The Dated and the Timeless

Before we go further, let’s note: anything written about current events is, by its nature, likely to become dated.

It is possible, even likely, that the US Establishment sheds its skin once again, downplaying wokeness and emphasizing loyalty to the state, just as they transitioned overnight from the “Global War on Terror” to the domestic war on your tweets.115

It is possible, although less likely, that George Soros, Peter Zeihan, Gordon Chang, and Roger Garside eventually prove right, that Xi Jinping is displaced from his position atop the Communist Party of China in the 2022 Party Congress, and/or that the CCP switches back to “Hide your strength and bide your time.”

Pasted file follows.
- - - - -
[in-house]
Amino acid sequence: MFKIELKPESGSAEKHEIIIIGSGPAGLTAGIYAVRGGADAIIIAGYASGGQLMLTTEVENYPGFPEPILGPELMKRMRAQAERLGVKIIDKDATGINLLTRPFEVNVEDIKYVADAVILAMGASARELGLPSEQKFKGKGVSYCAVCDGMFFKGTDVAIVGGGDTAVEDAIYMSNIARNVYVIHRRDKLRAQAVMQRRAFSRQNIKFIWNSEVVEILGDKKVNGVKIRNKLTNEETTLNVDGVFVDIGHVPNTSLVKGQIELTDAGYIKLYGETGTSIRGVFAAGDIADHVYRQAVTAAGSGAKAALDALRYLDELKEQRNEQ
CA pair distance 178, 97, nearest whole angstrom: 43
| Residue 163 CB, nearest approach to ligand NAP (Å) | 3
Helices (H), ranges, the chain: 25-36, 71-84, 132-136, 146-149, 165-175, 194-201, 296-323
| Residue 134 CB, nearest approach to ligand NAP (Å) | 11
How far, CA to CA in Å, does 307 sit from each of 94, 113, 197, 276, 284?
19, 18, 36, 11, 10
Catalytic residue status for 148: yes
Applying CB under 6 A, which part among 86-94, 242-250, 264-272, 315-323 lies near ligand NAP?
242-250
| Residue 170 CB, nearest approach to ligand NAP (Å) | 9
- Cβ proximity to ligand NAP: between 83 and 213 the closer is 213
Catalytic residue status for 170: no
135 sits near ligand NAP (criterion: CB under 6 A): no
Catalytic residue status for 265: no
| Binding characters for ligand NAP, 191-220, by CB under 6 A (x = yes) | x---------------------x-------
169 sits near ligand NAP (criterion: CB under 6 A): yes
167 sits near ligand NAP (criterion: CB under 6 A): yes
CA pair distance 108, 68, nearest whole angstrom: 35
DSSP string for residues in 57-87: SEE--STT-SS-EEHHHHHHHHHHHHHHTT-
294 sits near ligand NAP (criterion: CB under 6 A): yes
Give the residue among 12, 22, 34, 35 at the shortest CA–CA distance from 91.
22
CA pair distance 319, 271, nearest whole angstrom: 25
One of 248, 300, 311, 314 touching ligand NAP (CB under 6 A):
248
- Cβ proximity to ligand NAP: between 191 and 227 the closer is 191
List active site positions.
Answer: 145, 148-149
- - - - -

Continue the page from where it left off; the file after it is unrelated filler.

And it is possible, although less likely still, that there is some fatal flaw, mathematical breakthrough, or quantum computer that leads to the irreparable failure of the Bitcoin protocol.

So why devote a chapter to the NYT/CCP/BTC model at all, if events can overtake it? Three reasons.

First, we need some model of where the world is, even if imperfect, to steer it where we want to go. Even if it’s wrong, or wrong in some particulars, it may be usefully wrong in that the update shows us where we were wrong. We spend the energy to describe a specific tripolar model of the world because many still think it’s unipolar or bipolar, as illustrated by this amusing interaction between a journalist and Indian Foreign Minister S. Jaishankar.

Second, even if major changes do occur, the decline of American empire, the rise of China, and the ascent of cryptocurrency remain underlying trends involving hundreds of millions of people that would require tremendous force to stop. We’d notice. And we consider a few candidates for such tremendous forces later.

Third, there are aspects of the current moment that are not dated at all, but recurrent. That is, a similar tripolar configuration has occurred before. But first let’s establish how it came about today.